(1)    Targeting of Civilians

It seems to me that any proof must go well beyond the well documented Russian support for the Assad regime. Proof of “weaponizing refugees” must first be proven by Russian actions towards civilian populations.  So that’s the first question.

Take this article in The Telegraph from March 2, 2016.


General Breedlove, Nato’s military commander in Europe at the time, said this back in 2016:

“Together, Russia and the Assad regime are deliberately weaponising migration in an attempt to overwhelm European structures and break European resolve.”

What evidence supports this assertion?

“Barrel bombs are designed to terrorize, get people out of their homes, get them on the road and make them someone else's problem. These indiscriminate weapons used by both Bashar al-Assad, and the non-precision use of weapons by the Russian forces, I can’t find any other reason for them other than to cause refugees to be on the move and make them someone else’s problem.”

So the evidence is the use of weapons in an indiscriminate way, a way that is best explained as an attempt to create migration.

Or take Senator John McCain’s comments per this article from The Independent:

“He [Mr. Putin] wants to exacerbate the refugee crisis and use it as a weapon to divide the transatlantic alliance and undermine the European project.”

As above, the evidence lies with a Russian air campaign that target civilians:

-The intensified air campaign follows accusations from Senator John McCain, chairman of the US Senate armed services committee, that Russian President Vladimir Putin was intentionally stoking the refugee crisis in order to undermine the European project.

Numerous examples could be given of different authorities making this same assertion using the same evidence.  Russia, of course, denies targeting civilian populations or stoking the refugee crisis in any way. Whatever air force they employ, as the story goes, is targeted solely at rebels hostile to the Assad regime.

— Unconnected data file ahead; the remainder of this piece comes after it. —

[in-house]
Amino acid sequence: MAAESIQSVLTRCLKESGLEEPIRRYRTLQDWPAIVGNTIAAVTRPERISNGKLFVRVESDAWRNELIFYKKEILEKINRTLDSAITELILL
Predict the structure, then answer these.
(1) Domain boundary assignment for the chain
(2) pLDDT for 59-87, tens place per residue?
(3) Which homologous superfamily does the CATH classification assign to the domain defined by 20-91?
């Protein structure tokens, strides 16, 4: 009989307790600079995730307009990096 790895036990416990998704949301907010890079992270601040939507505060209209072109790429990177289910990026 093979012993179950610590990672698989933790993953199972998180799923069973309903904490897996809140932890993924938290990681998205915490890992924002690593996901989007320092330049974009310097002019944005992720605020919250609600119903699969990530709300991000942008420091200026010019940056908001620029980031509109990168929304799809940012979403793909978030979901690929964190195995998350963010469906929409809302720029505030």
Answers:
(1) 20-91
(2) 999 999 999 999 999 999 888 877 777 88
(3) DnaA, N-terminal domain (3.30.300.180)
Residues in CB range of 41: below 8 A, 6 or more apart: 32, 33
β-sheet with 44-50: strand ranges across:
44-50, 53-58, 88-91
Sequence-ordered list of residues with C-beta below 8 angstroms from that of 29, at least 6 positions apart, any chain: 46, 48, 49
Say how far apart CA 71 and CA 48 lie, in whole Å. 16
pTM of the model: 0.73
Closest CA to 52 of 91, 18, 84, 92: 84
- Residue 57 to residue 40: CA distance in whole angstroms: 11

Have civilian populations been intentionally targeted or not?  Are rebels hiding amongst these populations or not?

(2)    Failed Cease-Fire

There is also the matter of the failed Turkey and Russia brokered Aleppo cease fire in October of 2016.  The cease fire was designed to allow humanitarian aid in and to let civilians out. The rebels, however, never accepted the cease fire.  Fighting never really stopped, and air strikes recommenced on the 3rd day of the cease fire.  As far as it relates to the refugee crisis, Russia and the Syrian government said that the Rebels wouldn’t let civilians leave Aleppo.  The Rebels asserted that the civilians tried to leave, but shelling by government military forces caused their retreat back into rebel occupied territory.

What to make of this?

If Russia wanted to exacerbate the refugee crisis, why wouldn’t they let the civilians out of Aleppo?  Perhaps Russian and Syrian forces did shell the civilians because they feared that rebels were attempting to escape with the civilians.  Or perhaps the rebels truly wouldn’t let them leave…because they wanted civilians as human shields or for another reason.  A number of narratives can be strewn together that, absent the facts, can make sense of any position.  Bottom line, it’s complex.  The facts are hard to know.

(3)    Putin’s Criticism of Europe’s handling of the Migrant Crisis

Regardless of whether Putin intended the migrant crisis, has he weaponized it?  Has he used it to attack and subvert European democracy?

Take the following example of a case in Austria; the raping of a 10 year old Serbian boy at the hands of a 20 year old Iraqi migrant.  This is a horrible story.  The migrant claimed that the rape was an emergency because he hadn't had sex in 4 months.  He was ultimately set free because the courts couldn't prove that migrant realized that the boy was saying no.  The attacker remained in custody awaiting a second trial.  I don't know all the details.  Here, I want to try to focus exclusively on Putin’s decision to wade into European migrant policies on this particular point.